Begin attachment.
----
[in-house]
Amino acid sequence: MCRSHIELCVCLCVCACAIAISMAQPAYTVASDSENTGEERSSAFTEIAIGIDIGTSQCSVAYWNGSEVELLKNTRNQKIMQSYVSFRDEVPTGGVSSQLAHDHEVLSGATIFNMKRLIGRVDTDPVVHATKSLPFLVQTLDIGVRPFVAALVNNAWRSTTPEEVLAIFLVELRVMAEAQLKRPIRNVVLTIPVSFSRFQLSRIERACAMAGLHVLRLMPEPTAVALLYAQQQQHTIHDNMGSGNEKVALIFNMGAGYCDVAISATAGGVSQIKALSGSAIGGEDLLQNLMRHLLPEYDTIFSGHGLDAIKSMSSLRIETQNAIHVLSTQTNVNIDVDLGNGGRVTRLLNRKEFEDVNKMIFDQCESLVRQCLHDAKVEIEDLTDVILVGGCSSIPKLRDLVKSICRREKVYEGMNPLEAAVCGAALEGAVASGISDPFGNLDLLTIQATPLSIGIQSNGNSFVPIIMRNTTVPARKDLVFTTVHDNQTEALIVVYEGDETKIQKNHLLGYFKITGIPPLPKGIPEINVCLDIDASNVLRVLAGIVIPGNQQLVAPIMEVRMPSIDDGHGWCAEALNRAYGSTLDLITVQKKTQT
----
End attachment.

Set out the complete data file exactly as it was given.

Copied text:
[in-house]
Amino acid sequence: MCRSHIELCVCLCVCACAIAISMAQPAYTVASDSENTGEERSSAFTEIAIGIDIGTSQCSVAYWNGSEVELLKNTRNQKIMQSYVSFRDEVPTGGVSSQLAHDHEVLSGATIFNMKRLIGRVDTDPVVHATKSLPFLVQTLDIGVRPFVAALVNNAWRSTTPEEVLAIFLVELRVMAEAQLKRPIRNVVLTIPVSFSRFQLSRIERACAMAGLHVLRLMPEPTAVALLYAQQQQHTIHDNMGSGNEKVALIFNMGAGYCDVAISATAGGVSQIKALSGSAIGGEDLLQNLMRHLLPEYDTIFSGHGLDAIKSMSSLRIETQNAIHVLSTQTNVNIDVDLGNGGRVTRLLNRKEFEDVNKMIFDQCESLVRQCLHDAKVEIEDLTDVILVGGCSSIPKLRDLVKSICRREKVYEGMNPLEAAVCGAALEGAVASGISDPFGNLDLLTIQATPLSIGIQSNGNSFVPIIMRNTTVPARKDLVFTTVHDNQTEALIVVYEGDETKIQKNHLLGYFKITGIPPLPKGIPEINVCLDIDASNVLRVLAGIVIPGNQQLVAPIMEVRMPSIDDGHGWCAEALNRAYGSTLDLITVQKKTQT